• Certain complexes of zirconium and hafnium compounds with carbenes have been studied for ethylene polymerization in the presence of alumoxanes in J. Organometal. Chem. 663 (2002) 192. A high level of methyl alumoxane (1.8 g) is used to make less than 3 g of polyethylene.
  • As property requirements for polyolefins continue to evolve, there is a need for new electron donors for systems that are efficient and do not require large amounts of an expensive activator. Despite the considerable research that has been done, apparently carbenes have not been considered as donors for Ziegler-Natta catalyst systems based upon a titanium or vanadium compound, a magnesium compound, and an aluminum compound.
  • SUMMARY OF THE INVENTION
  • The invention is a modified Ziegler-Natta catalyst system. The catalyst system comprises a titanium or vanadium compound, a magnesium compound, a carbene donor, and an aluminum compound. The aluminum compound is an alkylaluminum dihalide, a dialkylaluminum halide, or a trialkylaluminum. The invention includes a process which comprises polymerizing an alpha-olefin in the presence of the carbene-modified Ziegler-Natta catalyst system. The carbene donor may be used as either an internal or external donor. The use of carbene donors in Ziegler-Natta catalyzed olefin polymerizations should improve catalyst activity and/or stereospecificity.
  • DETAILED DESCRIPTION OF THE INVENTION
  • Modified Ziegler-Natta catalyst systems of the invention are made from a titanium or vanadium compound, a magnesium compound, a carbene donor, and an aluminum compound. By “Ziegler-Natta” catalysts, we do not mean to include metallocene or single-site catalysts, which typically feature at least one polymerization-stable, anionic ligand that is aromatic, as in a cyclopentadienyl system.
  • Preferred titanium compounds are titanium halides such as titanium tetrachloride or titanium trichloride and titanium tetraalkoxides such as titanium tetraisopropoxide or titanium tetrabutoxide. Titanium tetrachloride is more preferred. Preferred vanadium compounds are vanadium halides such as vanadium tetrachloride, vanadium oxyhalides such as vanadium oxytrichloride, and vanadium oxyalkoxides such as vanadium oxytripropoxide. Vanadium oxytrichloride and vanadium tetrachloride are more preferred. Mixtures of titanium and vanadium compounds can be used.
  • Preferred magnesium compounds are dialkyl magnesiums such as diethyl magnesium, dialkoxy magensiums such as diisopropoxy magnesium, and magnesium halides such as magnesium chloride. Magnesium chloride is more preferred.
  • The modified Ziegler-Natta catalyst system includes a carbene donor. Carbenes are neutral divalent derivatives of carbon. A carbene has two nonbonding electrons that allow it to act as a donor and modify a Ziegler-Natta catalyst. Preferably, the nonbonding electrons are spin-paired. This is often called “singlet carbene.” While many carbenes are highly reactive short-lived unstable moieties, stable isolable carbenes are known. For examples of preferred carbenes and a discussion of their synthesis, see Angew. Chem., Int. Ed. 43, (2004) 1767; Inorg. Chim. Acta 238 (1995) 179; and Angew. Chem., Int. Ed. 41, (2002) 1290.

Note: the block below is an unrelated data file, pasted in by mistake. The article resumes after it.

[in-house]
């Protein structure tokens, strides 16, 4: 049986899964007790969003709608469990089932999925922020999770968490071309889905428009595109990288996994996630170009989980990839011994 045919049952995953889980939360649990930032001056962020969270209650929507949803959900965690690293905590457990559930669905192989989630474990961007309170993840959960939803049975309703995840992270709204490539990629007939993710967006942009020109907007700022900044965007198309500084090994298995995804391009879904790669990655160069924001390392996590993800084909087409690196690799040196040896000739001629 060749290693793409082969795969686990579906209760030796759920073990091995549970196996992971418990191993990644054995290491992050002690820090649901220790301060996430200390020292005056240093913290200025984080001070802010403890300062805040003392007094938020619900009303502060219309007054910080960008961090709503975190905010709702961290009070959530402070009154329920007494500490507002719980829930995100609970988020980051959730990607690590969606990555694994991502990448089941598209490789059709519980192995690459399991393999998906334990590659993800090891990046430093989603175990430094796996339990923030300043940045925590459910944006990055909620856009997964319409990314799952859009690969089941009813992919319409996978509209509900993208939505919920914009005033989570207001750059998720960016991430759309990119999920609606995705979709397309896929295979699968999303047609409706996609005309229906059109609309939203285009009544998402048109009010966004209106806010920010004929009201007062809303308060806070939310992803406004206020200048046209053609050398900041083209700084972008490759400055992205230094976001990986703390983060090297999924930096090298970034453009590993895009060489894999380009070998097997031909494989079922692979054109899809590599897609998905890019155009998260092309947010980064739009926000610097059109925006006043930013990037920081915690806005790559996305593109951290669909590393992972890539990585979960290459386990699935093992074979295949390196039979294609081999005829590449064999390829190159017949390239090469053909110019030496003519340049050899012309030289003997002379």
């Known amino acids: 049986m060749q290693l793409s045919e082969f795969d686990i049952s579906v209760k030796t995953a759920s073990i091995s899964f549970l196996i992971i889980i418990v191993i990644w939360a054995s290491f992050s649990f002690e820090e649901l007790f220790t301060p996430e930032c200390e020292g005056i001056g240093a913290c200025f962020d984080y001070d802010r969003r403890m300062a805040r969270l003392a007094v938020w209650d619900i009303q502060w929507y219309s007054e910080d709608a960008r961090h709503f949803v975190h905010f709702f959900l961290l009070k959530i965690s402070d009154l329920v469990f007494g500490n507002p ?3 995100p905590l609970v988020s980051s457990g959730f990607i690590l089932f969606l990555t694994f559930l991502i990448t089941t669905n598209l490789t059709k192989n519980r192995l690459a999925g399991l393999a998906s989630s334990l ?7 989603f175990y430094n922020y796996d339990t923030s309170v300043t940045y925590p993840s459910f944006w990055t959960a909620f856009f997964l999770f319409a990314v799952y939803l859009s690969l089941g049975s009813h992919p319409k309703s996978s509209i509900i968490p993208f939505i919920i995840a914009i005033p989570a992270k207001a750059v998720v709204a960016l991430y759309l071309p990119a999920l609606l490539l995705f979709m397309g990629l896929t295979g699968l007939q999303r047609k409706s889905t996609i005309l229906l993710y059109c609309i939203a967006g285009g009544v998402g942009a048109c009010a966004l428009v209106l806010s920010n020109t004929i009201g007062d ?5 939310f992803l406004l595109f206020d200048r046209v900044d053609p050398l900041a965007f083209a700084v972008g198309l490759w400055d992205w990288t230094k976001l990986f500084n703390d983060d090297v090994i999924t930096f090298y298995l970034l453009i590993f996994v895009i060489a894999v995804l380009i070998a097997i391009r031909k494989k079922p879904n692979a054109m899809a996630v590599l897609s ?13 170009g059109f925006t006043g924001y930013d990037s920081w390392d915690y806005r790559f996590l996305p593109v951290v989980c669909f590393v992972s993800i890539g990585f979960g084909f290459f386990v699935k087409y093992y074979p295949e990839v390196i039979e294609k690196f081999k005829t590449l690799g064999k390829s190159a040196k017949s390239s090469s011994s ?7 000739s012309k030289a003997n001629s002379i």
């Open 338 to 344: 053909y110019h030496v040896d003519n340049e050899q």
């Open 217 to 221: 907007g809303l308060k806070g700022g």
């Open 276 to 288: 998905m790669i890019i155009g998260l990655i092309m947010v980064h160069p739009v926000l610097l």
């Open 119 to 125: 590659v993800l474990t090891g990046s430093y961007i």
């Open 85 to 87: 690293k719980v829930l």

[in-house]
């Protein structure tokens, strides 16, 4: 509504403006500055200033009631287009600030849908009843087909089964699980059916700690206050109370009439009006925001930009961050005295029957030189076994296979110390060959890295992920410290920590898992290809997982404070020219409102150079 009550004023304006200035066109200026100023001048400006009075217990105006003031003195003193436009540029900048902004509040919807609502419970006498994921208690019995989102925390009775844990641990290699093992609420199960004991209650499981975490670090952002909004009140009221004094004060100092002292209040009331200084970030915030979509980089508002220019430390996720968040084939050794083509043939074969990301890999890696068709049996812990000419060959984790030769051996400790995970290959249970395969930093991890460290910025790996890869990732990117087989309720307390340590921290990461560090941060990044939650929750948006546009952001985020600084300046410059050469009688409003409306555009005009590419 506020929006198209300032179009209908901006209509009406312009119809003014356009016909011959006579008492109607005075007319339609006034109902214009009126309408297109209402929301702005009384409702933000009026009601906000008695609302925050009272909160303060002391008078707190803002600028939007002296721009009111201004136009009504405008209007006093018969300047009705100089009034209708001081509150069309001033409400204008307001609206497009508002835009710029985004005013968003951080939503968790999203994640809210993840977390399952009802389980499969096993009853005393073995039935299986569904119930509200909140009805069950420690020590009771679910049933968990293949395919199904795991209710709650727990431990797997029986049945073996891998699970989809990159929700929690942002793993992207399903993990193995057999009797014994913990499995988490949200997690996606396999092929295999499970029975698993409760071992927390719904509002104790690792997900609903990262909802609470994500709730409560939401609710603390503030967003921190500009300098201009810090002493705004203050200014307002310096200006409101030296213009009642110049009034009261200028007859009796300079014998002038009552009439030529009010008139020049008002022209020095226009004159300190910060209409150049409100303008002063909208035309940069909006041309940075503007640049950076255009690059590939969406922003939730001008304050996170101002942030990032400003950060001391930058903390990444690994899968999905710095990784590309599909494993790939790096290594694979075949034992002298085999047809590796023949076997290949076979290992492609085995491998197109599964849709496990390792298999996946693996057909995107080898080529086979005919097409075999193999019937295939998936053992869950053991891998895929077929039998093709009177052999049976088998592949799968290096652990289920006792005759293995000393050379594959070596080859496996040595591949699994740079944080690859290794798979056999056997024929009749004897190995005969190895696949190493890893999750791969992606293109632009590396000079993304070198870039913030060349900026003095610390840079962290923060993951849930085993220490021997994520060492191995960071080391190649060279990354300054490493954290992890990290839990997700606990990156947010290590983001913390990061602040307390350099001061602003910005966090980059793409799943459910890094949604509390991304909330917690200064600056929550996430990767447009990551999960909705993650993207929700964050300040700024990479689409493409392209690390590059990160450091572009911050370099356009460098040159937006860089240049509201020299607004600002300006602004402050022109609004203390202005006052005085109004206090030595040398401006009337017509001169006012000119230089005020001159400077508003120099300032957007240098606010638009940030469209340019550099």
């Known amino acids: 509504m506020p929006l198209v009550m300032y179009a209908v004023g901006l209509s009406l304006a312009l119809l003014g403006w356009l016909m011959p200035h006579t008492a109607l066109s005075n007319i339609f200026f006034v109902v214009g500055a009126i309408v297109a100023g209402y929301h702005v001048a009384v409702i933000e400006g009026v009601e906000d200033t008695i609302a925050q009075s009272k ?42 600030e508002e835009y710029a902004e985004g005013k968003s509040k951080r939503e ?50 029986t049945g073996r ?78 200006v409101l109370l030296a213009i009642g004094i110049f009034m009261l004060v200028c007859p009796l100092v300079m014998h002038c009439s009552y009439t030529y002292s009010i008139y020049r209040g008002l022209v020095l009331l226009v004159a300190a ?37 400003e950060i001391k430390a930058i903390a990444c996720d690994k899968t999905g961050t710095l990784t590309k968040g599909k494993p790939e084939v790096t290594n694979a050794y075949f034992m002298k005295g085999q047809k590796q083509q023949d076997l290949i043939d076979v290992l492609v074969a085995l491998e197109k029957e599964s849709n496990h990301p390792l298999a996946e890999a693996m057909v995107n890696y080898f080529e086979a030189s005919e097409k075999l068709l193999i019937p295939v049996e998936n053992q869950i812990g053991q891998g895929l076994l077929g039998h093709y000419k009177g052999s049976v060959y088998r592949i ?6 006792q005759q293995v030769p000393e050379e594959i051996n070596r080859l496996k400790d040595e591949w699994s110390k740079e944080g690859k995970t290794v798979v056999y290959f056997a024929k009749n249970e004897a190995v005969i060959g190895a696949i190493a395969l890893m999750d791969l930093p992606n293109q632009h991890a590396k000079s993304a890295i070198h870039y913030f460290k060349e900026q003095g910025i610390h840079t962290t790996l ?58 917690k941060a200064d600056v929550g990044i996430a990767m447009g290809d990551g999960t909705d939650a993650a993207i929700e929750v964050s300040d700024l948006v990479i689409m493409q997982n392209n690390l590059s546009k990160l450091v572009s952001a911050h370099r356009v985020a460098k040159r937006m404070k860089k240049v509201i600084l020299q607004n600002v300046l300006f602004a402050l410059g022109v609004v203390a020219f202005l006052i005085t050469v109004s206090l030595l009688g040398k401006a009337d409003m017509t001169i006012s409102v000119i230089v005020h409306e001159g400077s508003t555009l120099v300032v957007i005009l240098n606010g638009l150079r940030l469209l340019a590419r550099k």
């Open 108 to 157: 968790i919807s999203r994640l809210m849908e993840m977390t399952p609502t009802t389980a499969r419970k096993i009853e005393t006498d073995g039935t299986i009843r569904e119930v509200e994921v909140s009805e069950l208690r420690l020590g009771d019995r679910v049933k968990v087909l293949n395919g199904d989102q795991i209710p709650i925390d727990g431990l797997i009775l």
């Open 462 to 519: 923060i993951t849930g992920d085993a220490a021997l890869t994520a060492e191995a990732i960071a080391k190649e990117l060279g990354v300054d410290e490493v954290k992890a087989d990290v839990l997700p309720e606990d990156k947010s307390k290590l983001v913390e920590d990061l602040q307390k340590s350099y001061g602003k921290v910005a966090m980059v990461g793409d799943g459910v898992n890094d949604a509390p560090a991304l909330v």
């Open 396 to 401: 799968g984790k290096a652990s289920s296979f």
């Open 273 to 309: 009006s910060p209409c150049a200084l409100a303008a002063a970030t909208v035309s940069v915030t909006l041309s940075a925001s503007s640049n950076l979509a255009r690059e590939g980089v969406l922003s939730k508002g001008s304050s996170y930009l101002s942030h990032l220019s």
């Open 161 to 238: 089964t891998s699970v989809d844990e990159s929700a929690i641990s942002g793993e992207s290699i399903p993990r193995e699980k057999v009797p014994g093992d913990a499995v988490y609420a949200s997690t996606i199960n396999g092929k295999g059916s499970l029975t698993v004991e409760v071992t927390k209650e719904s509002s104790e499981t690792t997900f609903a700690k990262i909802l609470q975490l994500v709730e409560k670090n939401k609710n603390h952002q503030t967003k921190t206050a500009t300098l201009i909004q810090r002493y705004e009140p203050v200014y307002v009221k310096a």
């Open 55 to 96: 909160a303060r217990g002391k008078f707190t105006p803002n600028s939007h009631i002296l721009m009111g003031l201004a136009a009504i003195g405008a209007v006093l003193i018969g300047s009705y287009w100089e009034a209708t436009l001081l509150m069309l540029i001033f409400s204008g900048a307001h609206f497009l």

• The carbene donor may be generated “in-situ” in the presence of the Ziegler-Natta catalyst. This is preferred when the carbene is unstable. Combination of the carbene donor with the Ziegler-Natta catalyst can impart stability. Preferably, the carbene donor is stable and can be prepared separately and then combined with the catalyst to prepare a modified Ziegler-Natta catalyst. In this case, the carbene is an “internal donor.” Optionally, the carbene donor is prepared and added separately during or immediately prior to the polymerization; here, the carbene is an “external donor.”
  • Preferably, the carbene donor is an aminocarbene, a phosphanylcarbene or a silylcarbene and more preferably an aminocarbene or a phosphanylcarbene because these can be readily prepared and have good stability.
  • Exemplary carbene donors useful in making the catalyst systems:
    Figure US20060128558A1-20060615-C00001
  • Also preferred are N-heterocyclic or P-heterocyclic carbenes. More preferably, the heterocyclic carbene has the general formula:
    Figure US20060128558A1-20060615-C00002

    wherein Z is N or P; Z′ is selected from the group consisting of N, P, S, O, and C; each R is independently selected from the group consisting of C1-C10 hydrocarbyl, amino substituted C1-C10 hydrocarbyl, and silyl; x is 0 or 1; x′ is an integer from 0 to 2; and Y is a divalent linking group bonded to Z and Z′ to form a five- to seven-membered heterocycle. Most preferably, Z and Z′ are N and Y forms a five-membered heterocycle.